So in my defence of the accusation of libel and slander [list][o]I said nothing that was not true; [/o][o]anything that I did say are subject to an absolute defence against the charge by virtue of being raised in a petition to the Court; [/o][o]the petition against me is an abuse of process designed to deflect any potential criticism against the United Kingdom; and [/o][o]this Court is not competent to hear the allegation as it does not relate to any act of mine that is not constitutional. [/o][/list][u]As Appellant[/u] The Constitution requires that after the close of nominations there shall be a seven day period before voting begins and that debates shall take place during this seven day period. In this election on Sunday 16th August, the BBC of the United Kingdom announced that it would be holding an election debate, which would consist of each of the seven candidates offering an opening and closing statement and answering questions from the audience. The Chairman proceeded to invite candidates to the podium to make their statements and answer questions. On Tuesday 18th August, my Campaign Manager sent a message to organiser of the debate. This messge is quoted below:
[i]"Hi - I'm not sure when you are wanting to do the QT with my candidate, but if you let me know what questions you want me to answer, I'll get you some answers so that it can pass moderately quickly, thanks - Bob"[/i]
The response from the representative of the United Kingdom received on the same day stated:
[i]"Okay, thank you for letting me know - Stephen"[/i]
It is clear from this exchange that my Campaign Manager was unaware of the likely timetable for the debate and was seeking clarification of the timing and content of the proceedings. The response from the United Kingdom was simply one of acknowledgement. It offered no information about the likely content or timing. The message from my Campaign Manager was clear about my involvement in the debate. The response from the United Kingdom offered no indication that in order to participate in the debate I needed to remind the presenter of my presence. On the basis of this reply I was simply awaiting the presenter to invite me to the podium to provide my statements and answer questions. The invitation never came and voting commenced before I was offered the opportunity to speak.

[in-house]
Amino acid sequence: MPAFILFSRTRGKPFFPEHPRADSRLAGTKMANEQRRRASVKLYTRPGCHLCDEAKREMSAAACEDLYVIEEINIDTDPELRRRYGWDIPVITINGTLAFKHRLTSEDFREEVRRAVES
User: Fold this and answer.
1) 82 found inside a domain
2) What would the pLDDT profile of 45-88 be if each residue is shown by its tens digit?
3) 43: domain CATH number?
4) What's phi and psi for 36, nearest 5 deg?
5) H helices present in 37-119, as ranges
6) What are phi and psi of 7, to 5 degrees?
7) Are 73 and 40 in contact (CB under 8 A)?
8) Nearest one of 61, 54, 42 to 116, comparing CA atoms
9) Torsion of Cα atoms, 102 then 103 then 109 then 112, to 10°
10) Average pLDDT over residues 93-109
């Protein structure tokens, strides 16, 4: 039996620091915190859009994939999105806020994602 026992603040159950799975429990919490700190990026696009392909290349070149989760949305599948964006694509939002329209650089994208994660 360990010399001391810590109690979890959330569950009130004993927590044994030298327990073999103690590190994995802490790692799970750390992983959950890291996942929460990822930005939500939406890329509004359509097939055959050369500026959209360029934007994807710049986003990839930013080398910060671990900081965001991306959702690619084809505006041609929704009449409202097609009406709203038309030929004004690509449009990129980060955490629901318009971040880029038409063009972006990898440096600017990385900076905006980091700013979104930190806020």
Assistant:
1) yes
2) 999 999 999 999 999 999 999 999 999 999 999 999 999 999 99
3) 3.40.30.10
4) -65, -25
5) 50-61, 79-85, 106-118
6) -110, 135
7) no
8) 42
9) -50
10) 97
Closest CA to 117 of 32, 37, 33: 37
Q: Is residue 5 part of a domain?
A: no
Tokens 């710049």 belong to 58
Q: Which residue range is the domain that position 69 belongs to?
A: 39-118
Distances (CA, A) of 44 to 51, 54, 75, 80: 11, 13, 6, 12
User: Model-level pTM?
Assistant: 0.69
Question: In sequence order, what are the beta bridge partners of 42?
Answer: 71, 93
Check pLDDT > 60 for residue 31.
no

The Constitution states that there SHALL be a debate or debates. The United Kingdom argues that it held a debate in which three candidates participated and it was not its responsibility to guarantee the possibility of attendance of all candidates. To be honest, this is a moot point, as the BBC were aware of my presence at the studio and my willingness to participate. But nevertheless, it must be a matter of natural justice that all candidates are equally able to participate in debates. Natural justice would suggest that the debates should not be organised by the candidates themselves, but by independent parties. It would also suggest that the independent parties should not be able to exclude a candidate or candidates since this would preclude a free and fair election.
Having run an election debate and then failed to include all the candidates, the only fair option is to postpone the voting until all the candidates have been offered equal opportunity to present their cases.
The intention of my presenting my petition was simply to ensure fairness in the elections. There was no allegation of impropriety on behalf of the United Kingdom, simply one of incompetence on the part of the television producers.
Dr Suzannah Beech Secretary of State for Constitutional and Judicial Affairs
I have no questions for the Mr Straw
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In light of my fellow Justices' absence from the Chamber, I have no choice but to unilaterally grant Dr Beech's request for an injunction on the ongoing elections. Voting is now suspended and the election process halted for the duration of this case.
In order to retain some resemblance of a smooth process during this debacle, the Court will attempt to come to a decision as quickly as is humanly possible. This would depend on my fellow Justices of course.
[b]Justice Elvin Kennet[/b]
I should like to thank the Justices for their consideration in this matter,
Dr Suzannah Beech